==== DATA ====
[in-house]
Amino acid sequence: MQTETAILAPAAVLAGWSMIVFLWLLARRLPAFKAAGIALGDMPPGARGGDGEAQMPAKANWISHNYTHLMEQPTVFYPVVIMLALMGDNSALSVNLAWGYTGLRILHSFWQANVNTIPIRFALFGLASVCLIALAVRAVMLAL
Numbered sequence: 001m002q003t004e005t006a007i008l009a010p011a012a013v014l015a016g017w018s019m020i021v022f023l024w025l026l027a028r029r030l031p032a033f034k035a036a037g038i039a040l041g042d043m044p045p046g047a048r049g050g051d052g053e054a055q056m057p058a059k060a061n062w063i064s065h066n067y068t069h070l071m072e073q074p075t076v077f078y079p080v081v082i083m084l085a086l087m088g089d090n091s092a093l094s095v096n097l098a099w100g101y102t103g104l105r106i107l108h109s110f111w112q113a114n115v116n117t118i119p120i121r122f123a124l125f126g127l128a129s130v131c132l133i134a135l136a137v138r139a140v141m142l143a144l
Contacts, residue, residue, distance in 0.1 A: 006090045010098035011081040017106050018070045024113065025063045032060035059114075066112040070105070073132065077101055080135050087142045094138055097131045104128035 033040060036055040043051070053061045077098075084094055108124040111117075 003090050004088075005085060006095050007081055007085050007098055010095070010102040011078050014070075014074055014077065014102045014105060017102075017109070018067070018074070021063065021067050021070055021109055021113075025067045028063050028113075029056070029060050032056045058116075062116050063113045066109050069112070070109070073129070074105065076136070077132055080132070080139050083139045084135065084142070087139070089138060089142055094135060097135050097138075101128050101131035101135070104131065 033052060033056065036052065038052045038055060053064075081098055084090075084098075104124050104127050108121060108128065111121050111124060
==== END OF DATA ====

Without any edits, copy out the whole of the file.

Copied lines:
[in-house]
Amino acid sequence: MQTETAILAPAAVLAGWSMIVFLWLLARRLPAFKAAGIALGDMPPGARGGDGEAQMPAKANWISHNYTHLMEQPTVFYPVVIMLALMGDNSALSVNLAWGYTGLRILHSFWQANVNTIPIRFALFGLASVCLIALAVRAVMLAL
Numbered sequence: 001m002q003t004e005t006a007i008l009a010p011a012a013v014l015a016g017w018s019m020i021v022f023l024w025l026l027a028r029r030l031p032a033f034k035a036a037g038i039a040l041g042d043m044p045p046g047a048r049g050g051d052g053e054a055q056m057p058a059k060a061n062w063i064s065h066n067y068t069h070l071m072e073q074p075t076v077f078y079p080v081v082i083m084l085a086l087m088g089d090n091s092a093l094s095v096n097l098a099w100g101y102t103g104l105r106i107l108h109s110f111w112q113a114n115v116n117t118i119p120i121r122f123a124l125f126g127l128a129s130v131c132l133i134a135l136a137v138r139a140v141m142l143a144l
Contacts, residue, residue, distance in 0.1 A: 006090045010098035011081040017106050018070045024113065025063045032060035059114075066112040070105070073132065077101055080135050087142045094138055097131045104128035 033040060036055040043051070053061045077098075084094055108124040111117075 003090050004088075005085060006095050007081055007085050007098055010095070010102040011078050014070075014074055014077065014102045014105060017102075017109070018067070018074070021063065021067050021070055021109055021113075025067045028063050028113075029056070029060050032056045058116075062116050063113045066109050069112070070109070073129070074105065076136070077132055080132070080139050083139045084135065084142070087139070089138060089142055094135060097135050097138075101128050101131035101135070104131065 033052060033056065036052065038052045038055060053064075081098055084090075084098075104124050104127050108121060108128065111121050111124060